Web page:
AdventureTravelNews

Get the Right Photo Gear to Document the #2013ATWS in Namibia

Special Gear Review by Cameron Martindell/offyonder.com

Now that you’ve got the right clothing to go adventuring in Namibia (see story here) you’re ready to get out there and take some photos because the Pre Summit Adventures and the Days Of Adventure in Namibia will be ripe with photo opportunities. We’ll work our way from the smallest and easiest cameras to use and take along to the big professional DSLR kits. Feel free to scroll to whatever kind of shooter you are (or want to be).

Smartphone Shooters

Not everyone is going to be taking a big DSLR (though we’ll talk about those later) so how do you make the most of the camera you already have, namely, your phone? The first concern people have is exposing their phone to the elements and in Namibia’s case that’s dust and sand. While many cases will certainly offer some protection only a few will offer total protection. As an iPhone user, my favorite and go-to case is the LifeProof Case (lifeproof.com). This is a totally water and dust proof case with impact resistance. We took safaris by land and sea so the comprehensive protection was much appreciated. If you’re an iPad user, LifeProof makes a bomber waterproof case for that as well.

If you’re looking to get more out of your phone because those critters tend to be a little small in the photo (or fuzzy if you use the digital zoom) you can get some add-on lenses for your camera phone. Check out photojojo.com where they have a whole range of lenses to augment your camera phone including iPhone and Android models. Ironically, these do not work with the LifeProof case, so you’ll have to expose your phone to the elements for a moment while you attach the lens and set up your shot.

Annoying though they are, tripods are important part of any photography kit, especially when you’re shooting through a long lens. Joby (joby.com) has a number of great tripod solutions for your smartphone including some that fit into your pocket. They also work with most phone cases so you needn’t risk getting your phone naked. I always carry their Gorilla Pod for my DSLR along with my full size tripod (see below).

As a final note on shooting with your smartphone, you might want to tote along some extra power to keep your device charged up while on the go. Most smartphones have a battery capacity of 1300-1700 mAh (milliamp hours). Keep this in mind as you look at various battery packs. Some of my favorites include products from Eton (etoncorp.com), Goal Zero (goalzero.com), Waka Waka Power (us.waka-waka.com), Power Traveler (powertraveller.com) and Solio (solio.com).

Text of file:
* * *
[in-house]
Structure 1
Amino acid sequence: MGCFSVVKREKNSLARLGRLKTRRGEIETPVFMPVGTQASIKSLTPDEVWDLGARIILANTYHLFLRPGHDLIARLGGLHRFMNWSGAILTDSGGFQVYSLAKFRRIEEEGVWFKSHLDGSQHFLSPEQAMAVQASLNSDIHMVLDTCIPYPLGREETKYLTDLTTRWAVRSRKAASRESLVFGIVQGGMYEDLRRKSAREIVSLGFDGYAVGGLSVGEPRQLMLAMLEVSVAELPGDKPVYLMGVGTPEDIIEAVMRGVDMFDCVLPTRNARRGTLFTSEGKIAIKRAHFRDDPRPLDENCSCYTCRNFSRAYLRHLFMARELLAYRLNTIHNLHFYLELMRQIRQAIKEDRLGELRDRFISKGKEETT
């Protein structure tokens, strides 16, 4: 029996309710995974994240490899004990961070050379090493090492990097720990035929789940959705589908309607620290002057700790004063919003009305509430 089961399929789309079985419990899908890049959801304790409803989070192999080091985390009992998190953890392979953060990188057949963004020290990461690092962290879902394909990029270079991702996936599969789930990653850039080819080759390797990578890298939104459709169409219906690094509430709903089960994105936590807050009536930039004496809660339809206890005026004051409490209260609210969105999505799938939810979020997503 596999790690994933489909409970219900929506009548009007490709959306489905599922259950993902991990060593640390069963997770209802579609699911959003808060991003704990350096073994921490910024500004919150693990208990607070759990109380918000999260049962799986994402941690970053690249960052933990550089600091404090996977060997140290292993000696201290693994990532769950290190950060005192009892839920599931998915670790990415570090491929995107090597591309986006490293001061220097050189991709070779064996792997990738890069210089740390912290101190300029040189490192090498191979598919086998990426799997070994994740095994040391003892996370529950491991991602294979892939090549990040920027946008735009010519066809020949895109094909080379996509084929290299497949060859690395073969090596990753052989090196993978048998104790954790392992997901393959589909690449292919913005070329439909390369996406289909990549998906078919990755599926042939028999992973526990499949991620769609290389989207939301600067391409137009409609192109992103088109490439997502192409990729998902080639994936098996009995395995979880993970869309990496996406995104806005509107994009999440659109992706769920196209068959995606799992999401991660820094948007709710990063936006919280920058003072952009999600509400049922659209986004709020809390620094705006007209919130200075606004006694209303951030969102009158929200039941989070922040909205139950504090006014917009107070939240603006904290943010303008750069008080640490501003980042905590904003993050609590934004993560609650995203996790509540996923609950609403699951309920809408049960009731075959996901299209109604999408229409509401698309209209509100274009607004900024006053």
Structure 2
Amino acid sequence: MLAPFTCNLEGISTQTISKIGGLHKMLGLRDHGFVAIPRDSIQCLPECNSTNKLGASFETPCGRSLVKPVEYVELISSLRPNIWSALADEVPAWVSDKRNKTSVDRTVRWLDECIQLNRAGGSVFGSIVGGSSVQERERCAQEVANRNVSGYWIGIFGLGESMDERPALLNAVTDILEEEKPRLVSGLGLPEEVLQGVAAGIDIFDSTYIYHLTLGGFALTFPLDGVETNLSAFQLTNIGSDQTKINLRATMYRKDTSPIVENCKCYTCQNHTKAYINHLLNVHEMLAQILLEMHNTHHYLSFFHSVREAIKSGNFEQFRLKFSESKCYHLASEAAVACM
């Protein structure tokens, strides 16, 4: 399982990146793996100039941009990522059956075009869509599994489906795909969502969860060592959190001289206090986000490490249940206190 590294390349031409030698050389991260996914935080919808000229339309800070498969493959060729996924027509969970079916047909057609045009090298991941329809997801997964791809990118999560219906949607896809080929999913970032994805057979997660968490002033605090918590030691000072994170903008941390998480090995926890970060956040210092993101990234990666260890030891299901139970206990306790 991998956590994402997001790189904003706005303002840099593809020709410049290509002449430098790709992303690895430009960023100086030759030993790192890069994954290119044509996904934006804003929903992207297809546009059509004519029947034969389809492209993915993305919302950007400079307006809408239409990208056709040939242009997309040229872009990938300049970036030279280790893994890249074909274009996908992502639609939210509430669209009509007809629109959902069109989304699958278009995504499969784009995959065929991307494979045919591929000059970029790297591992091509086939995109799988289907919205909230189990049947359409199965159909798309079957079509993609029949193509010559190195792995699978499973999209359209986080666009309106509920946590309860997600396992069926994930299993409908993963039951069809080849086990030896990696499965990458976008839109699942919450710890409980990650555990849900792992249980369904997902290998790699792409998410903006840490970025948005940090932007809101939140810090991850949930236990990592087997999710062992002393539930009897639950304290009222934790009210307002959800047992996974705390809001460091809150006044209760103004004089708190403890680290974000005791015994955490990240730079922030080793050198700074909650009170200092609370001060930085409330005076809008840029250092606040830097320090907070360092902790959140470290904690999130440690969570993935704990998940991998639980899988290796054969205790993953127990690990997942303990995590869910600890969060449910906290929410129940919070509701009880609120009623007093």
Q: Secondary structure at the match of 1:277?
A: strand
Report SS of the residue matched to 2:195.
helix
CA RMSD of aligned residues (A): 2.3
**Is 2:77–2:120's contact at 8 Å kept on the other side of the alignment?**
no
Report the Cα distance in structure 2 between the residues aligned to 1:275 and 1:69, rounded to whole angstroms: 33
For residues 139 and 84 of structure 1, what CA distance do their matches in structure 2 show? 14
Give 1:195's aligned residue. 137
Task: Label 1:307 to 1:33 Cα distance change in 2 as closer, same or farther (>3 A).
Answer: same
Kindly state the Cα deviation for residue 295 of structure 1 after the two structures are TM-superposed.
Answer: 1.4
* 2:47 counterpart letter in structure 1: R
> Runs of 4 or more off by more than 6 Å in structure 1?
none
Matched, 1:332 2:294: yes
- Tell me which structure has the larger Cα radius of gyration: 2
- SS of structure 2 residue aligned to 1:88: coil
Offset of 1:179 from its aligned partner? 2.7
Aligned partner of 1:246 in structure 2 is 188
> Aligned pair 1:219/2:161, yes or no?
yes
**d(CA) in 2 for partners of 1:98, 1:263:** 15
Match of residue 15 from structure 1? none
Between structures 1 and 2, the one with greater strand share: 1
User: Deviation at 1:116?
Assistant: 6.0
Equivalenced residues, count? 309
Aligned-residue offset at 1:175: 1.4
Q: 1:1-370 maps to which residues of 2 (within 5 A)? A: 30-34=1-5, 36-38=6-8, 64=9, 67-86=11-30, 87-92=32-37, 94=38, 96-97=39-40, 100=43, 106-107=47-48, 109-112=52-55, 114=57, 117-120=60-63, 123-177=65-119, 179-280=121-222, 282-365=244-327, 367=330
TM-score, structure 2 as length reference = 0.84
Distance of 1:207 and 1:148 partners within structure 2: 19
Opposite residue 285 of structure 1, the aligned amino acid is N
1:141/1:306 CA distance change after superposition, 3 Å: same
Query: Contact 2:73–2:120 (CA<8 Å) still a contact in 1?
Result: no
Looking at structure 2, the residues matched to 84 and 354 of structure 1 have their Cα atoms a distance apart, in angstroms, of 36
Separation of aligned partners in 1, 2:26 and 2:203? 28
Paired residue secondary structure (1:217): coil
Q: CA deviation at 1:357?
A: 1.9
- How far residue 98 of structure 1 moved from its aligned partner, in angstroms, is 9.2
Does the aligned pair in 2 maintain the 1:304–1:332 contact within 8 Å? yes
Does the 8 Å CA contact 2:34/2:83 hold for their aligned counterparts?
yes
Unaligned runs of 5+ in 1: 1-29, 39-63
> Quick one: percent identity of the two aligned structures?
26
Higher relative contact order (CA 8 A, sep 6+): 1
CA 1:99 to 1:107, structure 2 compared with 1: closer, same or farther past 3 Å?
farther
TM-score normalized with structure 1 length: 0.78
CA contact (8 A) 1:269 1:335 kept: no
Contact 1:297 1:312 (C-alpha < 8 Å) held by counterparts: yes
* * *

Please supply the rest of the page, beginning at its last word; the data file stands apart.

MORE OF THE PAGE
Action Cameras

If you have an action camera or are thinking of buying one, be sure to note that most of these are designed with wide angle lenses making them pretty bad for wildlife photography, unless you find a way to strap one to a lion. They are excellent for landscapes and for being mounted on moving objects like your body, bike or a pole to get a really unique perspective. They’re also great for photographing (or taking video of) anything that’s close to you, ie within an arm’s length or two. But if you’re itching to have an excuse to buy one the GoPro Hero3 (gopro.com) is the most versatile of the ones I’ve used. With a separate waterproof casing, optional LCD viewfinder back and wide range of mounting options, you can use the Hero3 as an action sports camera or as a standard handheld ultra-ultracompact. There are three versions of the Hero3: Black, Silver and White. Have a good look at the specs of each to get the right one for how you plan to use it.

Ultracompact Cameras

This is the category that balances features with convenience. While the various corners of Namibia are not particularly wet, they can be dusty and rough. For that reason I would recommend a rugged camera like the Panasonic Lumix DMC-TS5 (panasonic.com). Waterproof and shockproof from 2m, this camera shoots huge 16.1 megapixel images, has a large LCD screen on the back, a viewfinder and a 4.6x (the equivalent of a F3.3-F5.9/28-128mm) zoom lens. For more zoom power to get great shots of elephants and lions consider the Nikon Coolpix S6400 (nikon.com). This 16 megapixel camera won’t do well if it gets wet but it does have a 12x optical zoom equivalent to a F3.1-F6.5/25-300mm lens. Remember, when pushing out to that 300mm level zoom (especially at F6.5) you’ll want a tripod to keep your images crisp.

Compact Cameras & Bridge DSLR’s